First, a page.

Having said that, I know of many cases where people have brought in foodstuff in their checked in baggage, didn't declare, and could get through the customs without paying duty. In other occasions, the duty officers themselves may be lenient enough to let you go with a smile if the quantities are not too much. 
In some website forums, I have noticed that some visitors who practiced this and were successful, are treating it as normal and advising others to follow the same. But the fact is, they are flouting the rules and always taking a chance. So is it worth taking the chance? Here is my take on this: 
If you are visiting the island only for a few days, how much of food can you carry and how much can you really save? May be a few dollars. And compared to the total cost of your trip, that may be a negligible amount. 
I can understand that convenience may be a factor. But the fact is, there are hundreds of well stocked stores all around the island and you can virtually find everything that you get in the U.S or UK. 
Well they may be more expensive because almost everything in Bermuda is imported. But if you take into account the duty that you are likely to pay on declared food, that offsets the difference to a large extent although not fully. 
Not declaring in my view is wrong and I would personally advise against it, unless you are prepared to take the chance, wait at the customs to spend couple of hours talking to the duty officers to convince them why you did so and then eventually pay the duty. 
Check out the following link on my website to know what items are duty free and what are not, and pack your food accordingly: Bermuda Customs Duty 
Raj ( June 2011 
My questions are: 
If I bring cereal does it have to be in the original box or can I put servings in zip lock bags? Do other snack foods (chips, popped popcorn) have to be in original packaging? Are these types of snacks duty free? 
Can I bring packaged protein bars, and ready to drink packaged protein hakes (don't require refrigeration)? Are these items duty free? Thank you sooo much!!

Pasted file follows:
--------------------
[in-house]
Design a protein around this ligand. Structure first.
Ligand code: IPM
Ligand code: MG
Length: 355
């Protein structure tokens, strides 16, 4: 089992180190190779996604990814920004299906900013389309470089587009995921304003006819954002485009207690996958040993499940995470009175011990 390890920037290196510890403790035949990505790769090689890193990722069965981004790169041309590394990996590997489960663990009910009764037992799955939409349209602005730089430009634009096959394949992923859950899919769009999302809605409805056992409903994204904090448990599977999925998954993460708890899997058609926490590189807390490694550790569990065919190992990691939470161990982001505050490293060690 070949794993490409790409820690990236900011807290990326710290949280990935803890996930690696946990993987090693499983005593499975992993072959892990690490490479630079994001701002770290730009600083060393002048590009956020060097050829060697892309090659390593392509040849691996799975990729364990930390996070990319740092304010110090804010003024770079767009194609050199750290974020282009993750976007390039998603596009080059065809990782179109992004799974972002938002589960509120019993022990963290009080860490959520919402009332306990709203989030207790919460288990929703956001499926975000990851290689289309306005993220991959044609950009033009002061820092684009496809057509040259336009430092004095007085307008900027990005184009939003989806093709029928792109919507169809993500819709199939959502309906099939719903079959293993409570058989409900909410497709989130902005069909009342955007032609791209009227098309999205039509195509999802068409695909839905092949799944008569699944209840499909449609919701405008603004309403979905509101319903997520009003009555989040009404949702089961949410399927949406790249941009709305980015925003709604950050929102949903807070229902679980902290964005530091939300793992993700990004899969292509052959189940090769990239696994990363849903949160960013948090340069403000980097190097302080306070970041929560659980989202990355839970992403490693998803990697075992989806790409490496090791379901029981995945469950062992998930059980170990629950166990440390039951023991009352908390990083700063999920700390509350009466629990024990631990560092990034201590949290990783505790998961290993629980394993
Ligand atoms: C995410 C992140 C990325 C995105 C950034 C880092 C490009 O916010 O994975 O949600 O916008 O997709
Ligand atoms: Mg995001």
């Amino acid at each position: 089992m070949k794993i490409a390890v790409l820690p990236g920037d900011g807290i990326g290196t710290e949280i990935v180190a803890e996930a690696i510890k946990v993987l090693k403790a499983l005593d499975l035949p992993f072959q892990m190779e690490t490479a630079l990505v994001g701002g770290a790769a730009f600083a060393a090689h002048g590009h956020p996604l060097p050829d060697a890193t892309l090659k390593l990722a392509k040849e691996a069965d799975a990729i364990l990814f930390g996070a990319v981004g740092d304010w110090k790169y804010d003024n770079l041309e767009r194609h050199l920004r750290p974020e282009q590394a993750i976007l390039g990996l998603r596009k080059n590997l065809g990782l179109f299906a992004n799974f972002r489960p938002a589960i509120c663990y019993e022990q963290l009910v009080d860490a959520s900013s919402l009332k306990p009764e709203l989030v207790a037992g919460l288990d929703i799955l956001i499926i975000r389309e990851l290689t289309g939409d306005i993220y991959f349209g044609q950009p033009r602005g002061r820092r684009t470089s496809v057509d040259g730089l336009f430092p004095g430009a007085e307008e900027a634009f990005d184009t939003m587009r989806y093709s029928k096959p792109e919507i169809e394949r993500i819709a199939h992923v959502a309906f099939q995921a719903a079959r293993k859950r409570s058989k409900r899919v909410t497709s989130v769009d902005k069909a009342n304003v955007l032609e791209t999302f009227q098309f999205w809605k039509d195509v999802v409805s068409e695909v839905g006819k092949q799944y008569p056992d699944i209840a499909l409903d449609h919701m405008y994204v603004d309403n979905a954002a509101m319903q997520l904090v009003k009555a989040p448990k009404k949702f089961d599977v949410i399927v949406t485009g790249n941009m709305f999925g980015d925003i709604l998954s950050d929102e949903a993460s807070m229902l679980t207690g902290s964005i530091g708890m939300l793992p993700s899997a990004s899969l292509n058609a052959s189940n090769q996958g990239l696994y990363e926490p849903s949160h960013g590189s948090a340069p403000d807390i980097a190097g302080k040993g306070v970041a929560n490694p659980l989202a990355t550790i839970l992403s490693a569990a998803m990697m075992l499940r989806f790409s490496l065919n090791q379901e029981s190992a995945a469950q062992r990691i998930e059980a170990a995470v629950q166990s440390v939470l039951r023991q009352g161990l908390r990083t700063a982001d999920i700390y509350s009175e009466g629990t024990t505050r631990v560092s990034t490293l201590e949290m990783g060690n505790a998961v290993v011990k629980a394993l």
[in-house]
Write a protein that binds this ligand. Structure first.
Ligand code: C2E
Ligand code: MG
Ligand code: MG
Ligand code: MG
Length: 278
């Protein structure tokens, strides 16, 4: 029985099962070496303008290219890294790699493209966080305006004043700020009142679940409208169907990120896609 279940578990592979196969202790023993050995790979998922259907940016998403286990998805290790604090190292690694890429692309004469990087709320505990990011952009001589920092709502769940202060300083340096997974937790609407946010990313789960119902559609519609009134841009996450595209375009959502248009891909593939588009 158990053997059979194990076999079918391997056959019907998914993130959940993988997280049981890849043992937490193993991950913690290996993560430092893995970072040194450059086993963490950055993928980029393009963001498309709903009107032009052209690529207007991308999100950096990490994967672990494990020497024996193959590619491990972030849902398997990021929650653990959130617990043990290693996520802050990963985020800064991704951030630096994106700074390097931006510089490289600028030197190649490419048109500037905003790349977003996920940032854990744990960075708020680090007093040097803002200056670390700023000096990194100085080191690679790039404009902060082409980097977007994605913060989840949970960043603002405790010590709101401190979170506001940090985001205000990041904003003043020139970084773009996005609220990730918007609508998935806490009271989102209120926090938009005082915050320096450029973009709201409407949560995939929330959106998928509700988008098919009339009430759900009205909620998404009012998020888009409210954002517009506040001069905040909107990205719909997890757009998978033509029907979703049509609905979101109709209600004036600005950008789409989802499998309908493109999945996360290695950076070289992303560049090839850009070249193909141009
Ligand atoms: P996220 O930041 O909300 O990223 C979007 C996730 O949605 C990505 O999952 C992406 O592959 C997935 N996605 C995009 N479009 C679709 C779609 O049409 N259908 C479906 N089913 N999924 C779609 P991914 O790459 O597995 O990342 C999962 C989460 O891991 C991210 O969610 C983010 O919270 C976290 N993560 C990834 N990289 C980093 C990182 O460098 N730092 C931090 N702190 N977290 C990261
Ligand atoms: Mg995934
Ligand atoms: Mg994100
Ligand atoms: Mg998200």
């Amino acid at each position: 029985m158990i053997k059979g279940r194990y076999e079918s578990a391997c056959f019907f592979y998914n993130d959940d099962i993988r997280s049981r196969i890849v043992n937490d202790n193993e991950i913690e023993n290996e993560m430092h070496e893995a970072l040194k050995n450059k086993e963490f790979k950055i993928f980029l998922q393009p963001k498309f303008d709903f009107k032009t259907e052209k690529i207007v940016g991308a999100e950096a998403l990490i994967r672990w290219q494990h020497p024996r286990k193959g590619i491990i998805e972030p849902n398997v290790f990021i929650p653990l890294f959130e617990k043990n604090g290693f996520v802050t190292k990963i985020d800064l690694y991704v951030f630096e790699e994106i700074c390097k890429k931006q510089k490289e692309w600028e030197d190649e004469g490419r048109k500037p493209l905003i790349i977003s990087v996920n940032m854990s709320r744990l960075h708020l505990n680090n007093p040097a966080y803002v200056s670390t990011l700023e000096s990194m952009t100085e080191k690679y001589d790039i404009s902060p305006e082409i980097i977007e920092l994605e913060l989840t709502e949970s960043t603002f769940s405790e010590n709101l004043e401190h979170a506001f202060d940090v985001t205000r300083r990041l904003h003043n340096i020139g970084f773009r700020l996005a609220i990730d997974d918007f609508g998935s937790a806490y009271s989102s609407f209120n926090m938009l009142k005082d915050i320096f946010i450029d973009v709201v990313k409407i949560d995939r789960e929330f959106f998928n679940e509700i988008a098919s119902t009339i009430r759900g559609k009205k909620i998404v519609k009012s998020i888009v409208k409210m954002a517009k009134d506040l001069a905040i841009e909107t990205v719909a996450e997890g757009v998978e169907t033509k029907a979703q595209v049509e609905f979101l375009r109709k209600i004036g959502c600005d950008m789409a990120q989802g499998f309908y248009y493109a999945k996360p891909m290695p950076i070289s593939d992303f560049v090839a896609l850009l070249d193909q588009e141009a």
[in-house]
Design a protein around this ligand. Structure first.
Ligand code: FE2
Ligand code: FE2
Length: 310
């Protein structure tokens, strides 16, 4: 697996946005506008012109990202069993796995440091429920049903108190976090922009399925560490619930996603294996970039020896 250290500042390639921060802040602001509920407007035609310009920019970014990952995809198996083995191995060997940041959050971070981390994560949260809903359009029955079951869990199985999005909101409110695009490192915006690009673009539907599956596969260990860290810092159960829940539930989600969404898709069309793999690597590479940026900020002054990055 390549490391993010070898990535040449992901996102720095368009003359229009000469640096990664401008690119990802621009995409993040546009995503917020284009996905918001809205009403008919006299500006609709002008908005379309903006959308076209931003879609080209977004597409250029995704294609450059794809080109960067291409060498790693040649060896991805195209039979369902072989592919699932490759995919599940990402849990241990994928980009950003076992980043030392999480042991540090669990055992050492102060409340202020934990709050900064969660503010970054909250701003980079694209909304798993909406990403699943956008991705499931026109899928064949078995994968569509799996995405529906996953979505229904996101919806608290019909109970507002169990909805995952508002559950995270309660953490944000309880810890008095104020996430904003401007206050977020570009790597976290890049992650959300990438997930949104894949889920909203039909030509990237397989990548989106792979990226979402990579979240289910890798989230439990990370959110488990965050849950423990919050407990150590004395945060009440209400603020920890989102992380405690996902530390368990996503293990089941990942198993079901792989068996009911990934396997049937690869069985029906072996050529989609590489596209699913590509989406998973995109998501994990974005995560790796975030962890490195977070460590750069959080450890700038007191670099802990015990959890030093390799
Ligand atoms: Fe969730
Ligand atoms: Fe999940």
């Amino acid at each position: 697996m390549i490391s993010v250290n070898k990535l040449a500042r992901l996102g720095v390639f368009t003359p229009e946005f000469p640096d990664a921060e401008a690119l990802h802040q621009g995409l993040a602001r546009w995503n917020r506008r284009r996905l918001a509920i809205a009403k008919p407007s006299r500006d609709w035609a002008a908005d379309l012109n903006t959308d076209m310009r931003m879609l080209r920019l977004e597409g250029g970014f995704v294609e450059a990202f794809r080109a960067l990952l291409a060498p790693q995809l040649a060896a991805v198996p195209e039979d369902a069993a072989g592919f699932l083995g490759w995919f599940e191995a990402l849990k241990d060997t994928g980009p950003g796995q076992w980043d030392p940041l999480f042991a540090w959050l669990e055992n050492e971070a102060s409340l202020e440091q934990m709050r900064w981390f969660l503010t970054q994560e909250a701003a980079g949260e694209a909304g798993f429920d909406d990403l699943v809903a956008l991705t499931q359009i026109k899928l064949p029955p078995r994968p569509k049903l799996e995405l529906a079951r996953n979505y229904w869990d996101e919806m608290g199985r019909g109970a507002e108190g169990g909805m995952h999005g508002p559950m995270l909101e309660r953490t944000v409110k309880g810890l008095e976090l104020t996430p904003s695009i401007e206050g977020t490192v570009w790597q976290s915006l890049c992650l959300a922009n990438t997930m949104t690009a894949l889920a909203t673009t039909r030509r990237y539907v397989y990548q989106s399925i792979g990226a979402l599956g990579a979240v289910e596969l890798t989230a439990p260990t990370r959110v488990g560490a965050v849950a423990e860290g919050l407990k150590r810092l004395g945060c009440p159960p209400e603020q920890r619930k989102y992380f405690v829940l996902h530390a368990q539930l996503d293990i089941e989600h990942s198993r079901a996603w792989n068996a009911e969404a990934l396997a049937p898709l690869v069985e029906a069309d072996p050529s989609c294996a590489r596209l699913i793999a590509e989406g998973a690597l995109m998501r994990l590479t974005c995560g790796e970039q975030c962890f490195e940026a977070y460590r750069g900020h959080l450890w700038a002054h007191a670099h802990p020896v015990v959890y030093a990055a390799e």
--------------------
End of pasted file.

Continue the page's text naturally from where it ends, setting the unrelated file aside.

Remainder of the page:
Monica Matocha (July 2015) 
Firstly all food items must be in your checked-in baggage and not in hand bags. It is advisable that you bring food items in their original sealed packages so that prices and dates of expiry are clearly visible. 
This will help the customs determine the assessed value for any applicable duty. However for small quantities and food that are allowed for import, you can bring them in ziplock bags. 
To know which items are allowed, which are not and the duty rates applicable, go through Duty Rates. If you do not find duty rate for a food item in the above page link, then assume 25% duty. 
Raj ( July 2015 
Raj BhattacharyaBy Raj Bhattacharya 
Raj, a seasoned travel writer and Bermuda destination expert, has extensive global travel experience. This website reflects his profound insights, garnered over nearly two decades of dedicated findings and research on the island. Raj has assisted countless Bermuda-bound visitors by providing direct, personalized responses to their queries and imparting his wealth of knowledge through this platform. This site serves as an indispensable guide for those seeking informed and reliable insights into Bermuda's treasures.